First off, let's talk about the uncomfortable date rape scene. Let's call it for what it is. A date rape. That dude got her drunk, took advantage of her weakness, and then violated her body and her trust.

Then she turned evil.

I'm pretty sure that's not how we should portray rape victims as. Understandably, rape victims may entertain thoughts of vengeance and retribution, but they don't turn murderous and kill babies using whatever object's handy.

Because, dammit, that's the second thing we need to talk about--Maleficent's choice of murder weapon. When she came swooping in with her curse, Maleficent's use of the spinning wheel's needle as the ticking time bomb was rationalized as the FIRST THING SHE SAW WHEN SHE SCANNED THE ROOM.

Disney, Disney, Disney. HOW THE HELL DID THAT GET PASS YOUR EDITORS? Maleficient looked around the room, saw a needle, and thought "Hmmm... I'm gonna kill this baby with that."

The brilliance of the original Maleficent was that she knew Aurora had to be raised like a proper lady, and thus, inevitably, she would need to learn needlework. As a proper lady, Aurora was expected to work her dainty little fingers using needle and expensive thread. Here's the dilemma she threw in everyone's faces back then: raise her as a proper lady and kill her yourself, or never let her touch a needle and hope for the best.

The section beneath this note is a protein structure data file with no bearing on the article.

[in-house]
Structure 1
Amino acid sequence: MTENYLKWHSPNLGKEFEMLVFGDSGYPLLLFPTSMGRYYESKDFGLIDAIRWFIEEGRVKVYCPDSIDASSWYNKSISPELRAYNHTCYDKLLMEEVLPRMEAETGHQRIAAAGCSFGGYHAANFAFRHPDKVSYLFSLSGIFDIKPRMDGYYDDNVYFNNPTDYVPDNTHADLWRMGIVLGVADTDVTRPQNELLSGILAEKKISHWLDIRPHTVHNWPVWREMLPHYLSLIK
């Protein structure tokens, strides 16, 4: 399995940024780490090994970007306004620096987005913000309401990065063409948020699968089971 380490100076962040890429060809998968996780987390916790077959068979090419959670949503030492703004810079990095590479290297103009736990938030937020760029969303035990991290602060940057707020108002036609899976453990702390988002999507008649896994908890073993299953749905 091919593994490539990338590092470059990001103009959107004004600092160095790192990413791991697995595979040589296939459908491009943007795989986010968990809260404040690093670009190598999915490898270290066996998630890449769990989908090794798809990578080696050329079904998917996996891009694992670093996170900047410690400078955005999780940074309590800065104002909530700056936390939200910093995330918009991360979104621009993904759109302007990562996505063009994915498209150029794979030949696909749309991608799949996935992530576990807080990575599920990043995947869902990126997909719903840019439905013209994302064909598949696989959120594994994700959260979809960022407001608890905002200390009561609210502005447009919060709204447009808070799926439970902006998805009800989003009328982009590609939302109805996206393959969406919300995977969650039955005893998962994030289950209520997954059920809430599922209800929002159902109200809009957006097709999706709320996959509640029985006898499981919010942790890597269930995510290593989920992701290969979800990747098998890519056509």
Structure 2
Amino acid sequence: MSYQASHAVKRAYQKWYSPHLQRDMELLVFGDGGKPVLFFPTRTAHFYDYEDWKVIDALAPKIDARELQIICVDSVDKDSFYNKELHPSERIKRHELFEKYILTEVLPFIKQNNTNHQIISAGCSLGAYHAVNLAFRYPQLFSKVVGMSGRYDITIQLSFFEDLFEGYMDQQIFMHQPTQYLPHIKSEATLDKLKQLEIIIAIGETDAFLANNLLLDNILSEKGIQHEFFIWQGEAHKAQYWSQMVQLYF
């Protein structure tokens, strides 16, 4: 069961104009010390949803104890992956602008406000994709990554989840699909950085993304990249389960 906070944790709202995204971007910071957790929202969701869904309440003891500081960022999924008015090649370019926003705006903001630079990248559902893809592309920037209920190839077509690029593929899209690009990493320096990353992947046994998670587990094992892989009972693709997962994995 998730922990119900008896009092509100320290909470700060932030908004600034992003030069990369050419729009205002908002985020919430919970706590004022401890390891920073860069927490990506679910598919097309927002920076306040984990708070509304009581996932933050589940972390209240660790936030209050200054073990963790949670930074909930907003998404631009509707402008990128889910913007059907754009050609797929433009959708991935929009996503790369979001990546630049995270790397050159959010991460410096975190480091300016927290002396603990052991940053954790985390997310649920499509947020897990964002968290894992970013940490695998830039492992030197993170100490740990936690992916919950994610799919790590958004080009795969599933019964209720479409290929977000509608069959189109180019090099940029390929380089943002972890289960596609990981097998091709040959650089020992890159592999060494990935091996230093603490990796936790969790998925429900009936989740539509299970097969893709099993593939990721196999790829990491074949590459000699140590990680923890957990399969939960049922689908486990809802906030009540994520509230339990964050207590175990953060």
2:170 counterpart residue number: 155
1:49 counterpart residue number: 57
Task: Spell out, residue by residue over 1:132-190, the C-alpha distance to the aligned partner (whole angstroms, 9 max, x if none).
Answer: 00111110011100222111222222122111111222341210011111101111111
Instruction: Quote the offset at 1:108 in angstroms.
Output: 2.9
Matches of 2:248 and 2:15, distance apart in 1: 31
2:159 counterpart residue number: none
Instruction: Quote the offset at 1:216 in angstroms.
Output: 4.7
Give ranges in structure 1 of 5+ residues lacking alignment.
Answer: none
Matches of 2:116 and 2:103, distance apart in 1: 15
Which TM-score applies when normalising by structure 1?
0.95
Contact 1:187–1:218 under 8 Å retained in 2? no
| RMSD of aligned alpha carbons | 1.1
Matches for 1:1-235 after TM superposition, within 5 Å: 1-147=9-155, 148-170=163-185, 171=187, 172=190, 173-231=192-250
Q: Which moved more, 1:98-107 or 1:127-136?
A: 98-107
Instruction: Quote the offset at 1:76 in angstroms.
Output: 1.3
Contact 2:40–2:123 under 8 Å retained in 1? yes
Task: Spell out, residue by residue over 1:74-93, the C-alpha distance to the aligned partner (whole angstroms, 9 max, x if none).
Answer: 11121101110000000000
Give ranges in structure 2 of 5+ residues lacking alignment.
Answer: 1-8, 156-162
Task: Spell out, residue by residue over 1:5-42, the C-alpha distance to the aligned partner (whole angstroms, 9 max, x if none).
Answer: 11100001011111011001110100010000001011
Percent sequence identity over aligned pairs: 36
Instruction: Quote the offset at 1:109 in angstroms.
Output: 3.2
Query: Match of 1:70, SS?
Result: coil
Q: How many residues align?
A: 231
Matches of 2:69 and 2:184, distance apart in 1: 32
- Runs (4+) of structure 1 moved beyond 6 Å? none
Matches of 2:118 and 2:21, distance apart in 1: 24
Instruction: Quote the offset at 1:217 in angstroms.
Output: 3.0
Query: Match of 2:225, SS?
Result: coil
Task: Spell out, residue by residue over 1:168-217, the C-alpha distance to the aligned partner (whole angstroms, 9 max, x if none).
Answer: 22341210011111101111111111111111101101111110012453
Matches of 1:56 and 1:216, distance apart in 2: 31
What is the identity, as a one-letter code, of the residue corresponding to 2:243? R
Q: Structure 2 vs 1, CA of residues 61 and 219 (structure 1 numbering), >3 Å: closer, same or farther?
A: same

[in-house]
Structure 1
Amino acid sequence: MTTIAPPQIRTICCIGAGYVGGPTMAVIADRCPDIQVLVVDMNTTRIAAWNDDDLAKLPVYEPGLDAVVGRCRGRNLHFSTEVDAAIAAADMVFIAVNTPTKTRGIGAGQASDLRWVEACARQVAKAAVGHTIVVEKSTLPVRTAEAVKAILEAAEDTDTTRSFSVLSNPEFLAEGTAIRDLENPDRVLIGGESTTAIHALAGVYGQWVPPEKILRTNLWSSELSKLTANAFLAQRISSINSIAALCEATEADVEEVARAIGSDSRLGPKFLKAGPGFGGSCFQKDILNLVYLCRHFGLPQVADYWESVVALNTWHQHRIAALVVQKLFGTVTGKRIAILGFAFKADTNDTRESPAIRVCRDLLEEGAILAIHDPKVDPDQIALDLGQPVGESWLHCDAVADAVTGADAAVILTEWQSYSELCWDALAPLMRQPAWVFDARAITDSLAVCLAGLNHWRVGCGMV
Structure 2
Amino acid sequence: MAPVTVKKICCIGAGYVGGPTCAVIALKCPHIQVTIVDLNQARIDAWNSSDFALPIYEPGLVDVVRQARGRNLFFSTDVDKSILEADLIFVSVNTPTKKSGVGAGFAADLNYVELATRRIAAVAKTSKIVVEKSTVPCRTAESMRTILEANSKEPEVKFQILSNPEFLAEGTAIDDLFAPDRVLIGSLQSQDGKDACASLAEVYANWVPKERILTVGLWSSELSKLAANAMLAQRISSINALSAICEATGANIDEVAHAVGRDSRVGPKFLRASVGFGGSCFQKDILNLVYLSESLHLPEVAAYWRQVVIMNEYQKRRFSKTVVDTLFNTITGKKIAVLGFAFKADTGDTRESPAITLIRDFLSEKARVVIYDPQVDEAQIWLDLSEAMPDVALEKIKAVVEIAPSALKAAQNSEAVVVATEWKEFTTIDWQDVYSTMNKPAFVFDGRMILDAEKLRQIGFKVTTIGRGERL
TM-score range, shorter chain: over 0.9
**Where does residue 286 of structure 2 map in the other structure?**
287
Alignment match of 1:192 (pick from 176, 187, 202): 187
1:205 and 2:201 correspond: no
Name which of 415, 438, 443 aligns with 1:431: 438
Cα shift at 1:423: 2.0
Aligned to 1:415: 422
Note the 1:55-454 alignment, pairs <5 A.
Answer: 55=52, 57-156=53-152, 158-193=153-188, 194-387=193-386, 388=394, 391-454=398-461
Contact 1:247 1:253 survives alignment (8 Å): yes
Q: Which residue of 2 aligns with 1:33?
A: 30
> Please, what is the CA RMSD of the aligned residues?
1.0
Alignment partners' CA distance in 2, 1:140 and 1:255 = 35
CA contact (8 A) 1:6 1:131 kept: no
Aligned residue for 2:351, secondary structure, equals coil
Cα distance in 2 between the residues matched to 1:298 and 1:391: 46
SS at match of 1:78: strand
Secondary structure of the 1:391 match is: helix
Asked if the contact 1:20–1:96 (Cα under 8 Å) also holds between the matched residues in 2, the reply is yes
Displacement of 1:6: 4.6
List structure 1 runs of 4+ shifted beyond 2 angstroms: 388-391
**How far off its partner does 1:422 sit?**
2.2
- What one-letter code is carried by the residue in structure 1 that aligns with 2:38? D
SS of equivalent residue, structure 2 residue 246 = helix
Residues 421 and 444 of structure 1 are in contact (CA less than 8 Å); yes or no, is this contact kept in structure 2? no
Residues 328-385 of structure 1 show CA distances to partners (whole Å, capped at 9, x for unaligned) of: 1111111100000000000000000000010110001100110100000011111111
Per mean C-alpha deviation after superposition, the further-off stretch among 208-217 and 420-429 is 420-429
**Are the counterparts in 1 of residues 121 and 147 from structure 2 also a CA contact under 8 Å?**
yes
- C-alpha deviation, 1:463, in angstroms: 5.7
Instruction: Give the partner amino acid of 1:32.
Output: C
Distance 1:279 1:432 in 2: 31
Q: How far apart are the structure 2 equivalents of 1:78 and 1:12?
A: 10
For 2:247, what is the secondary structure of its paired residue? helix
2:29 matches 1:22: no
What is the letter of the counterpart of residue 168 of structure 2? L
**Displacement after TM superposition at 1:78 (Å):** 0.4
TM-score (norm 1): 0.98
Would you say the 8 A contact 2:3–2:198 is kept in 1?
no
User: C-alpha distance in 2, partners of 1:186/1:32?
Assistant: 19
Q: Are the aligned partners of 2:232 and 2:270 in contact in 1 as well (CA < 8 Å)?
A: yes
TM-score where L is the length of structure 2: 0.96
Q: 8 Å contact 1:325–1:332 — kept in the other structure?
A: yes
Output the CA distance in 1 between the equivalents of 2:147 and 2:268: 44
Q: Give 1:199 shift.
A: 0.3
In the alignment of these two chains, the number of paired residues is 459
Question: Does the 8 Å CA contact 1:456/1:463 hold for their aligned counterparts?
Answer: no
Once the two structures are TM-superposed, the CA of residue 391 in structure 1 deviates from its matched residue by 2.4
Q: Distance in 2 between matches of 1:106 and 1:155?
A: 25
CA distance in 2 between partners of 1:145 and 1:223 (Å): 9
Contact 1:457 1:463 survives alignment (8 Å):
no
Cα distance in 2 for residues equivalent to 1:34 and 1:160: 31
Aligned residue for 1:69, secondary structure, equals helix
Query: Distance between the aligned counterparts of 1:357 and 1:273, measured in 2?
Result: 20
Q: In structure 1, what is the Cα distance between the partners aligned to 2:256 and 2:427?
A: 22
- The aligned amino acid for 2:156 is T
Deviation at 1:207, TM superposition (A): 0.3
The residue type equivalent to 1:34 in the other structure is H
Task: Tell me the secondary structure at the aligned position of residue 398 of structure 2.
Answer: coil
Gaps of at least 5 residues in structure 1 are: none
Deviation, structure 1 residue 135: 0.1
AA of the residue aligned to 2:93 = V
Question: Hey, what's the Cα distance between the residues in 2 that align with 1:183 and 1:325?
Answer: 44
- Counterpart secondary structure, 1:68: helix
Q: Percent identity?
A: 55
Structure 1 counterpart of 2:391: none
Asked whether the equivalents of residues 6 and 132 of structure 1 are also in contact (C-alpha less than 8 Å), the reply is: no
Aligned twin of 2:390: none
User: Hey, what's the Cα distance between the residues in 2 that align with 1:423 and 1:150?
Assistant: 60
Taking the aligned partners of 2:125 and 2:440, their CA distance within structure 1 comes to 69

I can't imagine how Maleficent can come to the christening without a premeditated curse.

And on that note: I can't imagine Maleficent storming the castle without an exit strategy.


They were able to turn Queen Narissa (Susan Sarandon) into a dragon in Enchanted, how can they take that away from Maleficent?

Turning into a dragon was Maleficent's thing. That was her thing, yo. How can you take that away from her? That's worse than getting her drunk, and ripping her wings off. She can turn into a dragon, and you didn't let her. That's like telling RuPaul not to wear drag, or the Pope not to bless people.

Nobody tells RuPaul what to do.

The movie was plagued by silly, cheesy scenes. They made Angelina Jolie deliver a horrible inside joke ("I hate children.") that sounds like it's conceived by Home Along Da Riles writers. The movie could have been directed by Tony Y. Reyes, and no one would have noticed, what with the three bumbling fairies, the horribly executed confrontation scene ("Is it true? Are you Maleficent?"), and the True Love Kiss that they obviously stole from another Disney property, Once Upon a Time.